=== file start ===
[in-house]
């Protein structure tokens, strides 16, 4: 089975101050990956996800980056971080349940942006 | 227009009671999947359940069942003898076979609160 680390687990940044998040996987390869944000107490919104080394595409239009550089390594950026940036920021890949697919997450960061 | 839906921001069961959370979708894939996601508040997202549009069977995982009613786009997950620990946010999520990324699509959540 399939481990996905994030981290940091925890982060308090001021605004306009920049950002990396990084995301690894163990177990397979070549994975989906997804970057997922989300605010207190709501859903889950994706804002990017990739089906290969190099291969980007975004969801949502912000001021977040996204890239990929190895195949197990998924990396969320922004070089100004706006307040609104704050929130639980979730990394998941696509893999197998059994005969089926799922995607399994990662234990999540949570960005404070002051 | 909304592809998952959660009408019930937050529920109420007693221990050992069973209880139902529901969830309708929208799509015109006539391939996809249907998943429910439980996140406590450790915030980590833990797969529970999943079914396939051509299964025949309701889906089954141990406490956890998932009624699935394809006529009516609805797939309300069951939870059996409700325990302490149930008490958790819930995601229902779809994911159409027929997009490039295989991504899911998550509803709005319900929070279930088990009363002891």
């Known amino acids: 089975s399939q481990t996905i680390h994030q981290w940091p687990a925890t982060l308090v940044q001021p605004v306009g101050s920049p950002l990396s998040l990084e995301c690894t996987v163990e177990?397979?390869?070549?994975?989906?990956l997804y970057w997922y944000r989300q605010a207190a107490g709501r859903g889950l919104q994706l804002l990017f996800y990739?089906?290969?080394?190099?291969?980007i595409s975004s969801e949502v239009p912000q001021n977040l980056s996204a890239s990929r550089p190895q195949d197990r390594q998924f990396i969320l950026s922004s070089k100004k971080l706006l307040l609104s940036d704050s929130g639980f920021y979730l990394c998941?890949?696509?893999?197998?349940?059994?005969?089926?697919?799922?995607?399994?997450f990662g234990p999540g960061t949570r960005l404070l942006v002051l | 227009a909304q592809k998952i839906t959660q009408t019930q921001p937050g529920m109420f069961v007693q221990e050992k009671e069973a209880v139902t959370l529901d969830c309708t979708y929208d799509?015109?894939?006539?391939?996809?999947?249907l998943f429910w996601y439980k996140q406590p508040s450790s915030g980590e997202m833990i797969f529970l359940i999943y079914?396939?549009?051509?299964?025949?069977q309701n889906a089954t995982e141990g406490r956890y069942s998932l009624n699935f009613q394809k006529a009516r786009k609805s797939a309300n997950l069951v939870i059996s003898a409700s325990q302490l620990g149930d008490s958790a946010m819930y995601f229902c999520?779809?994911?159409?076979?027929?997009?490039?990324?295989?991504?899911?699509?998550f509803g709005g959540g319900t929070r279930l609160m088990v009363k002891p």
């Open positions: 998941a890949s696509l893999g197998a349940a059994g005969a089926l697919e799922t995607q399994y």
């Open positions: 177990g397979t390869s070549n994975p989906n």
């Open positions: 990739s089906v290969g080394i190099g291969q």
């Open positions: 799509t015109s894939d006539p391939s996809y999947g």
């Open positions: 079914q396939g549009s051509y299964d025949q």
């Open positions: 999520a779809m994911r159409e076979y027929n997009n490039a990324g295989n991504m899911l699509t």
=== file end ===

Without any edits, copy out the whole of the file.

[in-house]
């Protein structure tokens, strides 16, 4: 089975101050990956996800980056971080349940942006 | 227009009671999947359940069942003898076979609160 680390687990940044998040996987390869944000107490919104080394595409239009550089390594950026940036920021890949697919997450960061 | 839906921001069961959370979708894939996601508040997202549009069977995982009613786009997950620990946010999520990324699509959540 399939481990996905994030981290940091925890982060308090001021605004306009920049950002990396990084995301690894163990177990397979070549994975989906997804970057997922989300605010207190709501859903889950994706804002990017990739089906290969190099291969980007975004969801949502912000001021977040996204890239990929190895195949197990998924990396969320922004070089100004706006307040609104704050929130639980979730990394998941696509893999197998059994005969089926799922995607399994990662234990999540949570960005404070002051 | 909304592809998952959660009408019930937050529920109420007693221990050992069973209880139902529901969830309708929208799509015109006539391939996809249907998943429910439980996140406590450790915030980590833990797969529970999943079914396939051509299964025949309701889906089954141990406490956890998932009624699935394809006529009516609805797939309300069951939870059996409700325990302490149930008490958790819930995601229902779809994911159409027929997009490039295989991504899911998550509803709005319900929070279930088990009363002891």
């Known amino acids: 089975s399939q481990t996905i680390h994030q981290w940091p687990a925890t982060l308090v940044q001021p605004v306009g101050s920049p950002l990396s998040l990084e995301c690894t996987v163990e177990?397979?390869?070549?994975?989906?990956l997804y970057w997922y944000r989300q605010a207190a107490g709501r859903g889950l919104q994706l804002l990017f996800y990739?089906?290969?080394?190099?291969?980007i595409s975004s969801e949502v239009p912000q001021n977040l980056s996204a890239s990929r550089p190895q195949d197990r390594q998924f990396i969320l950026s922004s070089k100004k971080l706006l307040l609104s940036d704050s929130g639980f920021y979730l990394c998941?890949?696509?893999?197998?349940?059994?005969?089926?697919?799922?995607?399994?997450f990662g234990p999540g960061t949570r960005l404070l942006v002051l | 227009a909304q592809k998952i839906t959660q009408t019930q921001p937050g529920m109420f069961v007693q221990e050992k009671e069973a209880v139902t959370l529901d969830c309708t979708y929208d799509?015109?894939?006539?391939?996809?999947?249907l998943f429910w996601y439980k996140q406590p508040s450790s915030g980590e997202m833990i797969f529970l359940i999943y079914?396939?549009?051509?299964?025949?069977q309701n889906a089954t995982e141990g406490r956890y069942s998932l009624n699935f009613q394809k006529a009516r786009k609805s797939a309300n997950l069951v939870i059996s003898a409700s325990q302490l620990g149930d008490s958790a946010m819930y995601f229902c999520?779809?994911?159409?076979?027929?997009?490039?990324?295989?991504?899911?699509?998550f509803g709005g959540g319900t929070r279930l609160m088990v009363k002891p």
């Open positions: 998941a890949s696509l893999g197998a349940a059994g005969a089926l697919e799922t995607q399994y």
């Open positions: 177990g397979t390869s070549n994975p989906n």
């Open positions: 990739s089906v290969g080394i190099g291969q």
């Open positions: 799509t015109s894939d006539p391939s996809y999947g």
């Open positions: 079914q396939g549009s051509y299964d025949q």
């Open positions: 999520a779809m994911r159409e076979y027929n997009n490039a990324g295989n991504m899911l699509t």